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Brain structure and function changes during the development of schizophrenia: The evidence from studies of subjects at increased genetic risk

Lawrie, S. M., McIntosh, A. M., Hall, Jeremy, Owens, D. G.C. and Johnstone, E. C. 2008. Brain structure and function changes during the development of schizophrenia: The evidence from studies of subjects at increased genetic risk. Schizophrenia Bulletin 34 (2) , pp. 330-340. 10.1093/schbul/sbm158

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Abstract

This article reviews the evidence for changes in the structure and function of the brain in subjects at high risk of schizophrenia for genetic reasons during the genesis of the disorder. We first highlight the structural and functional abnormalities in schizophrenia and whether any similar or lesser abnormalities are apparent in unaffected relatives. There is good evidence for subtle abnormalities of hippocampal and ventricle volume in relatives that are not as marked as the deficits in schizophrenia. In addition, the functional imaging literature suggests that prefrontal cortex function may deteriorate in those at risk who go on to develop the disorder. We then review the findings from longitudinal imaging studies of those at high risk, particularly the Edinburgh High-Risk Study, which report gray matter density reductions in medial and lateral temporal lobe because people develop schizophrenia, as well as functional abnormalities which precede onset. We conclude by quoting our own and others' imaging studies of the associations of genetic and other risk factors for schizophrenia, including stressful life events and cannabis use, which provide mechanistic examples of how these changes may be brought about. Overall, the literature supports the view that there are measurable changes in brain structure and function during the genesis of the disorder, which provide opportunities for early detection and intervention.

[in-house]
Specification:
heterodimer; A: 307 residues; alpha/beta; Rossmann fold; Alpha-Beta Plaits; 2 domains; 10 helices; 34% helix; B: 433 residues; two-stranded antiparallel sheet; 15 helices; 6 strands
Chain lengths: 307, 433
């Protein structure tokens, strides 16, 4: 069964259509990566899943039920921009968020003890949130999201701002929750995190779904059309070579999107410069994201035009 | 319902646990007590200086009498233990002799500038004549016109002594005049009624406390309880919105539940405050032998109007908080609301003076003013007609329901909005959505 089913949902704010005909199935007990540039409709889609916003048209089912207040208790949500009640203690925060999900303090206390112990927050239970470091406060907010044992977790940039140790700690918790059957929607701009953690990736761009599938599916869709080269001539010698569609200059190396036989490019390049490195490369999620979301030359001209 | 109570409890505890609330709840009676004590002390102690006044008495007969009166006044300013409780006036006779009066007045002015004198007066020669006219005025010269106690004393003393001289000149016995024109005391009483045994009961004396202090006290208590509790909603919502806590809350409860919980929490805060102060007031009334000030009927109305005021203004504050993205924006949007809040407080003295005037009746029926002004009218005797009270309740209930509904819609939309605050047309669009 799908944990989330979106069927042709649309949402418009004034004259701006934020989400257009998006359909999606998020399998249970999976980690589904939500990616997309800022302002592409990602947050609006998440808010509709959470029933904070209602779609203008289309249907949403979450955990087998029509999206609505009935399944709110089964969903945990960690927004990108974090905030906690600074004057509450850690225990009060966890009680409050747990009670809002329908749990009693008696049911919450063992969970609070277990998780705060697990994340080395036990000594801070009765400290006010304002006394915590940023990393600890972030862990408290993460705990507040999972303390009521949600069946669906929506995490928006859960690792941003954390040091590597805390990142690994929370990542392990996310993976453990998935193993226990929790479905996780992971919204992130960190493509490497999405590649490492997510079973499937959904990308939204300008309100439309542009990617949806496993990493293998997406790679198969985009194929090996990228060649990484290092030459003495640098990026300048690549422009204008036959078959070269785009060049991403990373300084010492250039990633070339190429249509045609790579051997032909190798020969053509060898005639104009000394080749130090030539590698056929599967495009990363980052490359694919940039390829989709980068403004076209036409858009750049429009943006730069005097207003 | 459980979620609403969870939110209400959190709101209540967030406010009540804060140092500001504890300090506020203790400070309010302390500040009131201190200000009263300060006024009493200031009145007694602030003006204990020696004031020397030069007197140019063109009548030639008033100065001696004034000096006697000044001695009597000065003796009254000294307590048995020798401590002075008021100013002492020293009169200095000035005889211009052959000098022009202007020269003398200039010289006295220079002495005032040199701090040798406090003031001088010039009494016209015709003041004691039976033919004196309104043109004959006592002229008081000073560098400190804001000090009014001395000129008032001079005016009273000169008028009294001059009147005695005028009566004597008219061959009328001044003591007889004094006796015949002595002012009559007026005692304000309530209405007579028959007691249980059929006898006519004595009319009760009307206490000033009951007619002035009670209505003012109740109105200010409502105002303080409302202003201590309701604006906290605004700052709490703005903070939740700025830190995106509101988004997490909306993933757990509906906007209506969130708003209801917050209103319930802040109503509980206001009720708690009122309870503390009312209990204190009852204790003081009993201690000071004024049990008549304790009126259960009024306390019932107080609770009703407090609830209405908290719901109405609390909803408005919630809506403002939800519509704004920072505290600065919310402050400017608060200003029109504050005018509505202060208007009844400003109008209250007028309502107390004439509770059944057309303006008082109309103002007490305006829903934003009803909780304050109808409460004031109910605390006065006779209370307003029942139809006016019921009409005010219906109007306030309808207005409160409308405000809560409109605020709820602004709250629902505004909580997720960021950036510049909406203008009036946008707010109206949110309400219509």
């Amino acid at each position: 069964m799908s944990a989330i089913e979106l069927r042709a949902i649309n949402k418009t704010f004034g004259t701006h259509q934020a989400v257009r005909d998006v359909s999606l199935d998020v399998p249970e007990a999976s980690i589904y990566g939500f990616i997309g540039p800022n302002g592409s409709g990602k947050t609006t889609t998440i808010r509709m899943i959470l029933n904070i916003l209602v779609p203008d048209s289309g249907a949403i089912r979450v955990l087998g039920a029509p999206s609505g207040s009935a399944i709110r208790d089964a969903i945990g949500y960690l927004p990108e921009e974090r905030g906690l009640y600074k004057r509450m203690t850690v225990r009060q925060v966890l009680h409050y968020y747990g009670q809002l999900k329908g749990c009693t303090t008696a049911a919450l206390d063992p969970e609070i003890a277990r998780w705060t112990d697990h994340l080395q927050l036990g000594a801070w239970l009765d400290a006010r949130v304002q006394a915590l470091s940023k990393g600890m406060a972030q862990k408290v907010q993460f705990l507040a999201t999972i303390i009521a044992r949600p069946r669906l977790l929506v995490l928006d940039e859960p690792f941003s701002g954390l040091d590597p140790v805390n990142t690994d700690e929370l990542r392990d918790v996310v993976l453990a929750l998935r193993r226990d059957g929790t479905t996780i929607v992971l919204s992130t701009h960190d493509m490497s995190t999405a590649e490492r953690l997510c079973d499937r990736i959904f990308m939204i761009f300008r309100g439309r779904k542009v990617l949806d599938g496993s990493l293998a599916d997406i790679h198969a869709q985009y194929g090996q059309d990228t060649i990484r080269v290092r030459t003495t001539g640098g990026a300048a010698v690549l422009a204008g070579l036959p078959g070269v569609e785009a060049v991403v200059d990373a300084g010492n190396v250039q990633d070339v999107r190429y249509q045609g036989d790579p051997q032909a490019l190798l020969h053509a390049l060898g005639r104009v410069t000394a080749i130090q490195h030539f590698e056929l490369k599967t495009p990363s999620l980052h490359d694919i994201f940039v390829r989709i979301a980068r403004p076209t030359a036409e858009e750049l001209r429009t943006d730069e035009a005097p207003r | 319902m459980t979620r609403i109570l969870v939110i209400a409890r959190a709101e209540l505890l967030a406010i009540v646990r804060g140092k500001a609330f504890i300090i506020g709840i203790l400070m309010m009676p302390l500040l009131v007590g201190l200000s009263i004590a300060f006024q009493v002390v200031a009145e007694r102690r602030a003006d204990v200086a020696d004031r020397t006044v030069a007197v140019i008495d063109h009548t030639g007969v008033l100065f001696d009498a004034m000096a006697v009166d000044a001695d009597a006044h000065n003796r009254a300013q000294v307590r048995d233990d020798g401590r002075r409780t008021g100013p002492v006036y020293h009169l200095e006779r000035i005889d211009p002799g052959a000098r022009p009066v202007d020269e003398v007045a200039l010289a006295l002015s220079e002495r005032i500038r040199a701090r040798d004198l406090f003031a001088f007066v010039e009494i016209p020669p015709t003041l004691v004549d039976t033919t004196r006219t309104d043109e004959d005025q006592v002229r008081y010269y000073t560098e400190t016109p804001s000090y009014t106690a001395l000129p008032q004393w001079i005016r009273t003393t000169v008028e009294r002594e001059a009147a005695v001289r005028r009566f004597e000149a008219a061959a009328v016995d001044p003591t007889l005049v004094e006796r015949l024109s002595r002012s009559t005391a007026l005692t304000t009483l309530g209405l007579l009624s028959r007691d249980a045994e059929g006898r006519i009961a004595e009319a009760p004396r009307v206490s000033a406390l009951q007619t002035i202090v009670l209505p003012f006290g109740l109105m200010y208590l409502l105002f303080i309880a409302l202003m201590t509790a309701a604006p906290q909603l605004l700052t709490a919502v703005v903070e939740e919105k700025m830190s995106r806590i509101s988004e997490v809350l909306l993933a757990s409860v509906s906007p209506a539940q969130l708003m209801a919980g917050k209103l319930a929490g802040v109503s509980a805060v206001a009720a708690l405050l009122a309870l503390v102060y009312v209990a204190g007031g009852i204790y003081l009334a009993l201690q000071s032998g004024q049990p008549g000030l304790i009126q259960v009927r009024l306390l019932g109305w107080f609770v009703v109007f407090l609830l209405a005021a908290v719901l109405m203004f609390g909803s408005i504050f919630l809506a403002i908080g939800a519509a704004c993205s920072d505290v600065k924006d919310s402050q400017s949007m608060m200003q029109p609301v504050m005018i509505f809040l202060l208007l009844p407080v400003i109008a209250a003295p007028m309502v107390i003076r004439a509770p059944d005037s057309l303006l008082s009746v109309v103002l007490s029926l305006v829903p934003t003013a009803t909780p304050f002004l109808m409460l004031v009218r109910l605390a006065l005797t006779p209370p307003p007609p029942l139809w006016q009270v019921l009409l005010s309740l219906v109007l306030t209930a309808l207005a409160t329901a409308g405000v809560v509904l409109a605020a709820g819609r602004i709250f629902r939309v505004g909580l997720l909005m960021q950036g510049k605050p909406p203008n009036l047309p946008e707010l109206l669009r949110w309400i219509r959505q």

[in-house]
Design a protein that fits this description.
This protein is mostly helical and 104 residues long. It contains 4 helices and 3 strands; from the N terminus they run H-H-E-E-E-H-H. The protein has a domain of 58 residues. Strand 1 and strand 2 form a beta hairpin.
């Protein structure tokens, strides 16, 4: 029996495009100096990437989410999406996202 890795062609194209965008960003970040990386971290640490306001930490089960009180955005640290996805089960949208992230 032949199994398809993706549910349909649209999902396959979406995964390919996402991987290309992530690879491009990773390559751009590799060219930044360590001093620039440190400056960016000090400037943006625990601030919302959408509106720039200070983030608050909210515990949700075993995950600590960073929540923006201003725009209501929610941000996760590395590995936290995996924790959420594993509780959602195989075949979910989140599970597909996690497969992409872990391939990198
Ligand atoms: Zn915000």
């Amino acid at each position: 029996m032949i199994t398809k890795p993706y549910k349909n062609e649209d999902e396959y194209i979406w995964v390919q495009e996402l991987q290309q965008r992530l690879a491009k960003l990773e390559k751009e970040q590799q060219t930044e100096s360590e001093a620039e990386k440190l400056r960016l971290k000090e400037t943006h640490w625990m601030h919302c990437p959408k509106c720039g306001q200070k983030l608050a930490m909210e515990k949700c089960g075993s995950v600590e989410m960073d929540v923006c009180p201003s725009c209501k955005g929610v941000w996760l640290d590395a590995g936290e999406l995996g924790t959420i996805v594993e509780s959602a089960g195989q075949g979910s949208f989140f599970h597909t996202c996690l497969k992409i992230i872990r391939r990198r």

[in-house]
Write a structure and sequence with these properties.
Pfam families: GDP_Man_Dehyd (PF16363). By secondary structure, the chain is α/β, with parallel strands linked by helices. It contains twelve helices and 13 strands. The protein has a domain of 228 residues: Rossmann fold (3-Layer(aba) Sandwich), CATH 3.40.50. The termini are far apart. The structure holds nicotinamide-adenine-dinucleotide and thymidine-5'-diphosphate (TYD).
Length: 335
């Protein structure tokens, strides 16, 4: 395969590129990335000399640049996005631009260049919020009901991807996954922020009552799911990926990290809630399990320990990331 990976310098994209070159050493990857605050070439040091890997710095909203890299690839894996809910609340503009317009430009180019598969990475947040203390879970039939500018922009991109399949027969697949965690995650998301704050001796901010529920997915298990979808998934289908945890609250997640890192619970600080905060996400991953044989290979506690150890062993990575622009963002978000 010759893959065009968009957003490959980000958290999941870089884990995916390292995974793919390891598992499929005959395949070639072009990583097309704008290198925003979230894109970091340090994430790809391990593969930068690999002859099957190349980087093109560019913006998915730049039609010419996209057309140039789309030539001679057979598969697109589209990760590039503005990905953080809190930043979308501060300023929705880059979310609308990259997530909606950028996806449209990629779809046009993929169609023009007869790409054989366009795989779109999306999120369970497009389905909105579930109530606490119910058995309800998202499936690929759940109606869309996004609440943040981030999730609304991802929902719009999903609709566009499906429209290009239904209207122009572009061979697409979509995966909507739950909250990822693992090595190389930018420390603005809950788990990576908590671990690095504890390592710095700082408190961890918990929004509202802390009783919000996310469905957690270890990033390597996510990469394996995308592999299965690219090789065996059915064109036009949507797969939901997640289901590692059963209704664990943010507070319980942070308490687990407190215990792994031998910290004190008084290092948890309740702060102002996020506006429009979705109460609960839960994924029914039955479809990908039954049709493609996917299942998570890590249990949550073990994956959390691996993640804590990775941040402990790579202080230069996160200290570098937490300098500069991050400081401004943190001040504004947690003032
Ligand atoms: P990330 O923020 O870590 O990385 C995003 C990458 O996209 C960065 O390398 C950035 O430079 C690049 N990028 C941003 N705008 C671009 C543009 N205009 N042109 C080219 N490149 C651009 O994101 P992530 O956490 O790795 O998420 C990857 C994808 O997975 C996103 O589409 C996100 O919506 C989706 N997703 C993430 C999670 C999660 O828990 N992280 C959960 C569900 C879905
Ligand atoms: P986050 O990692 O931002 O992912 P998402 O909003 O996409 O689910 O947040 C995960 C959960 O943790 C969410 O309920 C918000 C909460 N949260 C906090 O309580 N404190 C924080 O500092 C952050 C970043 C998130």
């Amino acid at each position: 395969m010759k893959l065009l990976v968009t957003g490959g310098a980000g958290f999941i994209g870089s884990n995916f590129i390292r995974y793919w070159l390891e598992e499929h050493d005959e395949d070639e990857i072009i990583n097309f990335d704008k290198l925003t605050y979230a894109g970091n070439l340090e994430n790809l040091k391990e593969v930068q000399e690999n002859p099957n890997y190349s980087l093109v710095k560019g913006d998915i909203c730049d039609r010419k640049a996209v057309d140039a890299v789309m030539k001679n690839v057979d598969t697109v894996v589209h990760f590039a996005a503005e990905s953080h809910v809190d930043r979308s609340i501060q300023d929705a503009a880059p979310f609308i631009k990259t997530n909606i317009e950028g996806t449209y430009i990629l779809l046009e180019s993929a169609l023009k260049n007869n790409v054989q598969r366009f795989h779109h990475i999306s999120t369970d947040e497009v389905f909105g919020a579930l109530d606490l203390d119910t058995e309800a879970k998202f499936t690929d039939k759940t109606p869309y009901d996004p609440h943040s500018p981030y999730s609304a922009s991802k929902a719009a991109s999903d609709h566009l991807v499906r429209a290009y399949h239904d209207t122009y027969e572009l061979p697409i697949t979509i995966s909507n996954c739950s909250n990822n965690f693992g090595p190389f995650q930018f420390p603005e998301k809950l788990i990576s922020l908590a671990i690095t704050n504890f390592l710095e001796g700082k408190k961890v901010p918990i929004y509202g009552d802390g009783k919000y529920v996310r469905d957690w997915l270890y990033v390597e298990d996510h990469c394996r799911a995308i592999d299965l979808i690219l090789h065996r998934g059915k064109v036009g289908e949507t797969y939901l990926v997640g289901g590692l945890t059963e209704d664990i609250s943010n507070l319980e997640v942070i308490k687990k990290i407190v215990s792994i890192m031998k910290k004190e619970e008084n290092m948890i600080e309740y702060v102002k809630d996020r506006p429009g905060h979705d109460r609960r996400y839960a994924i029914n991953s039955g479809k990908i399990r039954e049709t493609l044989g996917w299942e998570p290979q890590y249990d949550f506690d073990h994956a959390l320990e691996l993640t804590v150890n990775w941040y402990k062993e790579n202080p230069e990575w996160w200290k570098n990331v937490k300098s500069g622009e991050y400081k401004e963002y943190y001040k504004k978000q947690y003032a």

Item Type: Article
Date Type: Publication
Status: Published
Schools: MRC Centre for Neuropsychiatric Genetics and Genomics (CNGG)
Medicine
Subjects: R Medicine > R Medicine (General)
Publisher: Oxford University Press
ISSN: 0586-7614
Last Modified: 04 Jun 2017 08:40
URI: http://orca.cf.ac.uk/id/eprint/82327

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